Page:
The Wainwright Signed Prints

Guest article by Graham Wilkinson

Many people know about the Wainwright signed prints and may have even collected a few depicting their favourite locations. One question that occasionally arises concerns how many different prints were actually published. This subject has interested me for many years, and here I will share what I have learned. Let me emphasise at the outset that this is an ongoing pursuit, and if you can add to the story, I hope you will get in touch.

I bought my first “Wainwright Print” back in 2008 from an outdoor shop in Whalley. Over the years since then, I have added considerably to my collection. However, each new acquisition still provides the same excitement as I admire the beauty of AW’s penmanship and then reflect on how this item has passed briefly through the great man’s hands for the signature to be added. As my collection grew, I, too, wanted to know how many prints were published. Sadly, the official records no longer exist, so I spent several years compiling my own list after studying auction sales (including eBay), corresponding with other collectors who responded to an earlier appeal for help, and having some enjoyable conversations with Andrew Nichol, former book publishing manager at The Westmorland Gazette.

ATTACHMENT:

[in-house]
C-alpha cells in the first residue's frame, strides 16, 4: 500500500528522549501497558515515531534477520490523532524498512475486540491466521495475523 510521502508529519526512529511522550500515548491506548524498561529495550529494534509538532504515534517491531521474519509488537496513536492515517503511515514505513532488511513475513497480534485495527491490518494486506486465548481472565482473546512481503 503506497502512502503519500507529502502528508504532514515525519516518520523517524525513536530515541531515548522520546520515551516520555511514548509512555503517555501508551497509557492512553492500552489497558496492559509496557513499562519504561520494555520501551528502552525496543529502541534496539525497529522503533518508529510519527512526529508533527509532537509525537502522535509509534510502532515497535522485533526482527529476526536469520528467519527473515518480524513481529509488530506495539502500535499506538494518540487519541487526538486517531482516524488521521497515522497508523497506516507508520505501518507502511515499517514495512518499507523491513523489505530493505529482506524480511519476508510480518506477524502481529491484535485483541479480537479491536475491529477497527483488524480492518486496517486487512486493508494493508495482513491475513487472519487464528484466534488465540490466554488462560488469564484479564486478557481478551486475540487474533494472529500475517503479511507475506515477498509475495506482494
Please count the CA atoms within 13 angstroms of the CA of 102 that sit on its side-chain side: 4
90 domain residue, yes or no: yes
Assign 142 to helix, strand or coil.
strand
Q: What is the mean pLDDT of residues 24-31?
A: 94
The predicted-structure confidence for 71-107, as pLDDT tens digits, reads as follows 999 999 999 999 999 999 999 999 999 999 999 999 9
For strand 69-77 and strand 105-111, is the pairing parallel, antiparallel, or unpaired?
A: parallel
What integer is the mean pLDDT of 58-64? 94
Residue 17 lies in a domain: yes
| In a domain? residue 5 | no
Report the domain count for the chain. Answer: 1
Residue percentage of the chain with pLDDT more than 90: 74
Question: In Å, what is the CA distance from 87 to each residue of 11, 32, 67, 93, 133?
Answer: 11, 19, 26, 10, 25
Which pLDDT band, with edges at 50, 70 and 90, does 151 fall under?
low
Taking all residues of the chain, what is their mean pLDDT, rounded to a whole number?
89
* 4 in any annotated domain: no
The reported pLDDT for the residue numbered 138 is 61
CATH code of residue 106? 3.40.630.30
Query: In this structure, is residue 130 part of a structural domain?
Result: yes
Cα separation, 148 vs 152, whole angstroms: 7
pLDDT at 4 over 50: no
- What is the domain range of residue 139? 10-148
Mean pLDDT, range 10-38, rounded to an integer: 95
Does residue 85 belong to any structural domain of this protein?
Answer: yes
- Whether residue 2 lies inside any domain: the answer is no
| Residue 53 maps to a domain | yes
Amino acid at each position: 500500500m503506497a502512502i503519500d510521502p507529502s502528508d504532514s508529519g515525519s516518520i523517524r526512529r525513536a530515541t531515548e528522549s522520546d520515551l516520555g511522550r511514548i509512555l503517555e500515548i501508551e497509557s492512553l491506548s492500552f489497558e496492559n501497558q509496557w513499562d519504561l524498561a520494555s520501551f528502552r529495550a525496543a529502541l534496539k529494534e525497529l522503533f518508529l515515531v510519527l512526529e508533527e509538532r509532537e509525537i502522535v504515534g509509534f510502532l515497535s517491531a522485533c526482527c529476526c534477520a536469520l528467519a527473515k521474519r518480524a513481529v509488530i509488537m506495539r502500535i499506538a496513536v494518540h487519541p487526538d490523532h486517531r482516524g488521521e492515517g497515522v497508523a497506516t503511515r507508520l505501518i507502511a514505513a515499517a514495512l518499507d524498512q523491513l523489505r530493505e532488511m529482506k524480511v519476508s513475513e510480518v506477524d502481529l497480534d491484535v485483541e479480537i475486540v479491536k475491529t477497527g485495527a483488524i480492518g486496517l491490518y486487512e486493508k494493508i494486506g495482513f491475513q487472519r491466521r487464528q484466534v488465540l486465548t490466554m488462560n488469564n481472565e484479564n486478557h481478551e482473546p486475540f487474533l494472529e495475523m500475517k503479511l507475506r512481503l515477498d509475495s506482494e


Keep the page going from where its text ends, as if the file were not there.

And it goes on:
Andrew came up with the idea for the prints back in 1984. Wainwright fans had been keen to acquire his original drawings, pushing up prices beyond the reach of many. The signed prints were considered the next best thing, especially as each would be hand-signed by its celebrated creator. AW’s support was encouraged by a 25p payment provided on signing, not later when sold. The signed prints were available from 31 March 1985, ready for Easter.

Most of the actual illustrations are eight by six inches, the same size as in the sketchbooks for which they were drawn. Almost all are predictably in landscape format. With the surrounding white border, the prints measure ten by eight inches.

Four different sets of prints were produced: firstly came the Lakeland series, then the Dales, followed by Kendal in the nineteenth century and finally Ribble. There was a gap of several months between the launch of each collection. AW thought his Kendal in the nineteenth century drawings were his best, but these do not come up for sale often, nor do the Ribble series. Andrew would take the prints to AW’s Kendal home in batches of 500 for him to sign over a few days. Each signature was beautifully crafted in his customary green ink. He would regularly sign two batches each week. The prints are “open edition” as opposed to “limited edition” – they were never numbered, so it is uncertain how many were produced. 

I know of 73 signed prints that were published, and the titles are shown below in the form they appear on the prints, along with the drawing number from the sketchbooks from which they came. These are what I understand as the Wainwright prints: they all fit a standard format and were sold by different retailers in Cumbria and beyond and marketed directly to the public by the Gazette through adverts in local newspapers nationwide.